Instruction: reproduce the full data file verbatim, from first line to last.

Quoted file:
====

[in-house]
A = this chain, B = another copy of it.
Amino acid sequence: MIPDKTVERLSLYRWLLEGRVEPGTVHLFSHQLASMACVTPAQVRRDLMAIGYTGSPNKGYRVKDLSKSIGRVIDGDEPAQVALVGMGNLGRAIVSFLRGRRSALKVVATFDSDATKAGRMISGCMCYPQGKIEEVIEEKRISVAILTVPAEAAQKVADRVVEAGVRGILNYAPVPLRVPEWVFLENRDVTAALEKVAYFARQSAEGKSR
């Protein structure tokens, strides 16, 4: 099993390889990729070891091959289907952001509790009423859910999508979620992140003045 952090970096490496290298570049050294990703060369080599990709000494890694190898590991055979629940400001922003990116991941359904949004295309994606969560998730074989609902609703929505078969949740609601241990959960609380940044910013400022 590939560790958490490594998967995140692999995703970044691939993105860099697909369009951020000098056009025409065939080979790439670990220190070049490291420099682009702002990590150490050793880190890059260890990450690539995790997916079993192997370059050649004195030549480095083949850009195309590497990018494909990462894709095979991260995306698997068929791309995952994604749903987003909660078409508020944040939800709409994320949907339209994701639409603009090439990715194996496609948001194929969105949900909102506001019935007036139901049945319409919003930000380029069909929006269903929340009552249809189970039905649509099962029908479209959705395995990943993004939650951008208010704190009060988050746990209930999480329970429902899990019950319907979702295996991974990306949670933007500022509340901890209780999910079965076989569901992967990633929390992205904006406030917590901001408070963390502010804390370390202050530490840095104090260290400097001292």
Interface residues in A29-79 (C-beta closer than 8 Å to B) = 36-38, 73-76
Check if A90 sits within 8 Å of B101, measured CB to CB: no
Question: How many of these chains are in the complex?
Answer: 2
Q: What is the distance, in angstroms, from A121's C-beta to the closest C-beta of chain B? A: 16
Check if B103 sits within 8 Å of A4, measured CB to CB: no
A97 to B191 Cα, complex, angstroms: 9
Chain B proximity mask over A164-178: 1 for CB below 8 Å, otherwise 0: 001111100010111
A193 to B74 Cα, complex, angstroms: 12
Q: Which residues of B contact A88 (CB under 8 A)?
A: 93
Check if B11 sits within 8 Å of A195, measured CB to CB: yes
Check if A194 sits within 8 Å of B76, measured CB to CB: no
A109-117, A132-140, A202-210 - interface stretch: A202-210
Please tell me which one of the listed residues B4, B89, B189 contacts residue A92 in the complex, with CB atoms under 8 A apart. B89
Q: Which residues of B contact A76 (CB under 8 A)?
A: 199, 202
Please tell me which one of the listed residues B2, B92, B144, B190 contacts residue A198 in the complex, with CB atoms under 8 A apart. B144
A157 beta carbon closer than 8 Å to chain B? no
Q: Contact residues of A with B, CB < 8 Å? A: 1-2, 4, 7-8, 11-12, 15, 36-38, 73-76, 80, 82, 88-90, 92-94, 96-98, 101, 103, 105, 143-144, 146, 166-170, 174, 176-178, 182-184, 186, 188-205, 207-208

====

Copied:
[in-house]
A = this chain, B = another copy of it.
Amino acid sequence: MIPDKTVERLSLYRWLLEGRVEPGTVHLFSHQLASMACVTPAQVRRDLMAIGYTGSPNKGYRVKDLSKSIGRVIDGDEPAQVALVGMGNLGRAIVSFLRGRRSALKVVATFDSDATKAGRMISGCMCYPQGKIEEVIEEKRISVAILTVPAEAAQKVADRVVEAGVRGILNYAPVPLRVPEWVFLENRDVTAALEKVAYFARQSAEGKSR
């Protein structure tokens, strides 16, 4: 099993390889990729070891091959289907952001509790009423859910999508979620992140003045 952090970096490496290298570049050294990703060369080599990709000494890694190898590991055979629940400001922003990116991941359904949004295309994606969560998730074989609902609703929505078969949740609601241990959960609380940044910013400022 590939560790958490490594998967995140692999995703970044691939993105860099697909369009951020000098056009025409065939080979790439670990220190070049490291420099682009702002990590150490050793880190890059260890990450690539995790997916079993192997370059050649004195030549480095083949850009195309590497990018494909990462894709095979991260995306698997068929791309995952994604749903987003909660078409508020944040939800709409994320949907339209994701639409603009090439990715194996496609948001194929969105949900909102506001019935007036139901049945319409919003930000380029069909929006269903929340009552249809189970039905649509099962029908479209959705395995990943993004939650951008208010704190009060988050746990209930999480329970429902899990019950319907979702295996991974990306949670933007500022509340901890209780999910079965076989569901992967990633929390992205904006406030917590901001408070963390502010804390370390202050530490840095104090260290400097001292």
Interface residues in A29-79 (C-beta closer than 8 Å to B) = 36-38, 73-76
Check if A90 sits within 8 Å of B101, measured CB to CB: no
Question: How many of these chains are in the complex?
Answer: 2
Q: What is the distance, in angstroms, from A121's C-beta to the closest C-beta of chain B? A: 16
Check if B103 sits within 8 Å of A4, measured CB to CB: no
A97 to B191 Cα, complex, angstroms: 9
Chain B proximity mask over A164-178: 1 for CB below 8 Å, otherwise 0: 001111100010111
A193 to B74 Cα, complex, angstroms: 12
Q: Which residues of B contact A88 (CB under 8 A)?
A: 93
Check if B11 sits within 8 Å of A195, measured CB to CB: yes
Check if A194 sits within 8 Å of B76, measured CB to CB: no
A109-117, A132-140, A202-210 - interface stretch: A202-210
Please tell me which one of the listed residues B4, B89, B189 contacts residue A92 in the complex, with CB atoms under 8 A apart. B89
Q: Which residues of B contact A76 (CB under 8 A)?
A: 199, 202
Please tell me which one of the listed residues B2, B92, B144, B190 contacts residue A198 in the complex, with CB atoms under 8 A apart. B144
A157 beta carbon closer than 8 Å to chain B? no
Q: Contact residues of A with B, CB < 8 Å? A: 1-2, 4, 7-8, 11-12, 15, 36-38, 73-76, 80, 82, 88-90, 92-94, 96-98, 101, 103, 105, 143-144, 146, 166-170, 174, 176-178, 182-184, 186, 188-205, 207-208